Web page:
TOUCH. In the wow-look-at-that category, the 38 CC provides a few nifty features you won't find on many other competitive boats. Check out the coaming bolsters, for example. Not only do they ring the fish-fighting arena, there's also one running across the helm. Of course, slower boats don't need this. But when you wedge yourself in between the console and leaning post for high-speed dashes to offshore fishing grounds, your knees will appreciate the extra protection. And when you reach your destination, you'll love that the 38 CC has rodholders galore. The gunwales have three in each side, and the T-top rocket launchers number nine. The two on the outside are angled out to the sides, so you can run lines directly from them without increasing your chances of tangling. And yes, that powder-coated T-top with all those rocket launchers comes standard.
Once you put those rodholders to use, hook up, and strike the gaff, you'll discover that you have numerous choices as to where you stow your fish. There are four dedicated boxes in the deck that will each swallow a tuna as large as 100 pounds. Rap your fist on the sides. Notice how solid it feels? That's because you're hitting the sides of the stringers. And foam-cored stringers provide the best in fishbox insulation, so your ice won't melt on hot summer days and your fish will stay fresher than anything found at the local sushi bar. The locking forward deckbox is rigged with rodracks and has room for a quartet of big guns. You'd rather have more space for bigger fish? No problem, the racks are removable.
The transom has a livewell and rigging station sink built-in. The livewell is rounded and has a clear viewing port on top, but it's not lighted and the port opens aft and leans against its hinge. I'd like to see a strut or a different type of hinge here, because sooner or later it will get bent by someone leaning against the top while it's open.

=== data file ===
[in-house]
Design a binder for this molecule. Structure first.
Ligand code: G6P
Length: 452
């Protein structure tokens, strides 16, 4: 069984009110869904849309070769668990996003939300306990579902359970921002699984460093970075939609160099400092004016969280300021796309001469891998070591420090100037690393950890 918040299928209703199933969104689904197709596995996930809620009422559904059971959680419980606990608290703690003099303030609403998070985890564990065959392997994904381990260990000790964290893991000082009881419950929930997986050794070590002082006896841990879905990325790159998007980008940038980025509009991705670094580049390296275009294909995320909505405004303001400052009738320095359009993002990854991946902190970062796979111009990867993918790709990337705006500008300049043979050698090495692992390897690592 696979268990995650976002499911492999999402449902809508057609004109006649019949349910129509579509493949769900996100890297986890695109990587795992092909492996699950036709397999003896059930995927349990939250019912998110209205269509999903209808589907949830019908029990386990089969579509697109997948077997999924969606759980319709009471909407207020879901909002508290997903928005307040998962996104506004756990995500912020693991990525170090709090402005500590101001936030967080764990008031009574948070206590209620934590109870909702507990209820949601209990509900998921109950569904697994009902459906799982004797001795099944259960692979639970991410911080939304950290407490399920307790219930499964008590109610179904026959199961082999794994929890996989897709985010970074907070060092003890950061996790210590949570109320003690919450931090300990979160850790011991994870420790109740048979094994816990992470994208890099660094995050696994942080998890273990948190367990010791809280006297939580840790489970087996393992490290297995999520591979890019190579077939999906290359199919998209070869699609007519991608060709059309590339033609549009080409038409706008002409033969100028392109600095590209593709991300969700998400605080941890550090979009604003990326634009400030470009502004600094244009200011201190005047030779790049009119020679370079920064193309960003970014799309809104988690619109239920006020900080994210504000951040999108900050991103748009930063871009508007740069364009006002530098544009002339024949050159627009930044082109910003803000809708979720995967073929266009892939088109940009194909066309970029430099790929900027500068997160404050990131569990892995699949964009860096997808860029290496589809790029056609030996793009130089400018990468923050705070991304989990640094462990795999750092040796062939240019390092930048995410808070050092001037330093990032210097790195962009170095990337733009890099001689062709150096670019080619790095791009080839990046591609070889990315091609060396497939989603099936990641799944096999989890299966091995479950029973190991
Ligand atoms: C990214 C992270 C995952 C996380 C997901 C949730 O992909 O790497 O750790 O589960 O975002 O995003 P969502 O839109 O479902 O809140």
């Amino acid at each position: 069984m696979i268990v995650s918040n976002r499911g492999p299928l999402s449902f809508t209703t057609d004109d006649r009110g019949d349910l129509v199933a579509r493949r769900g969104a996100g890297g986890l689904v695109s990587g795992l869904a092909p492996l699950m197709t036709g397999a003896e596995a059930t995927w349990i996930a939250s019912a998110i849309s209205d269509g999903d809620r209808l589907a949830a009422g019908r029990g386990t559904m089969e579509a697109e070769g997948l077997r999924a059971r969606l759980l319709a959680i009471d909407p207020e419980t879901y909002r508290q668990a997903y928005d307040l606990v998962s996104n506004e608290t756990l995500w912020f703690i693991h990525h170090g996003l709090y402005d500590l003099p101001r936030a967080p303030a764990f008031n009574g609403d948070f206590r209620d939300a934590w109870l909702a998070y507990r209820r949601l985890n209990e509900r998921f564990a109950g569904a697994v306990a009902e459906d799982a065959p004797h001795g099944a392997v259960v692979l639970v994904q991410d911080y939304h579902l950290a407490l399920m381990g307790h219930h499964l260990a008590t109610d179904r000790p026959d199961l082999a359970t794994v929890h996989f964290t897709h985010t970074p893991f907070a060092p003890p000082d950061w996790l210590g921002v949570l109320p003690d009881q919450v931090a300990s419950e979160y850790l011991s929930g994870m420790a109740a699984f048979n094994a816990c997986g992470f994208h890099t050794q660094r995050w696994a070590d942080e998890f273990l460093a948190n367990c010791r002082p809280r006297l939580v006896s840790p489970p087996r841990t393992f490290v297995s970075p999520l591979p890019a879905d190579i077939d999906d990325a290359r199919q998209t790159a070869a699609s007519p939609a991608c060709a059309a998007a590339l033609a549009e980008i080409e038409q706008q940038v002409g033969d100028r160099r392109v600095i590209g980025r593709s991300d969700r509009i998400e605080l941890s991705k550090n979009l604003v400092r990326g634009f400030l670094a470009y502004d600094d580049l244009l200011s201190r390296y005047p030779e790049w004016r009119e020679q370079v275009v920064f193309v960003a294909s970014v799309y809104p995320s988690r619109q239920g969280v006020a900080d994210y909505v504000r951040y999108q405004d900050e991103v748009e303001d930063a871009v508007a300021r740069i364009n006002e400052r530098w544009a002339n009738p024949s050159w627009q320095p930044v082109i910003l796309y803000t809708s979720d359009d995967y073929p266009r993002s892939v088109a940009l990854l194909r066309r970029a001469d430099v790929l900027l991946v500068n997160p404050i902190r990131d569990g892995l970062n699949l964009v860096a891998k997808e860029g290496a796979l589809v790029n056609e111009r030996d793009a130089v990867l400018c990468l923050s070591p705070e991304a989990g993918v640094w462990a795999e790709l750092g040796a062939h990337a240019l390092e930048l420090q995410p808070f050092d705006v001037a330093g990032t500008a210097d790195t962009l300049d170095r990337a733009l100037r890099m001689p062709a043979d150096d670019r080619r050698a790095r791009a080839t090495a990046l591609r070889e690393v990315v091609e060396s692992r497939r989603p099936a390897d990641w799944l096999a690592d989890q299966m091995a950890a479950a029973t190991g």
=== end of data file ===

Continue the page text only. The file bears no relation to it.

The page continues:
Another touch die-hard anglers will appreciate: Unlike many go-fast fishboats, the 38 CC has a capable anchor locker. The built-in rack holds a large Danforth securely in place, the hatch is wide enough to provide easy access, and there's room for hundreds of feet of rode. All three bow cleats are lift-ups, so they're out of the way when you don't need them. Whether you're chasing schools of bunker with a cast net or anchoring up to chum live ballyhoo, the arrangement is perfect.
Your electronics suite will have a well thought out home, too. The flat at the top of the dash is spacious enough for a pair of 12" screens, and it has a locking cover with its own dedicated stowage spot in the console, where it latches into place. Most of the lower dash is taken up by the army of gauges, which are complemented by a huge pair of trim indicators with a custom-made protective see-through cover. When you consider the amount of space at the helm, you'll realize that Fountain made excellent decisions when combining the requirements of a captain who has to operate at high speeds and the needs of a serious angler. The only thing missing is a dedicated rack for your image-stabilized binoculars, which you'll need for those runs past South Beach.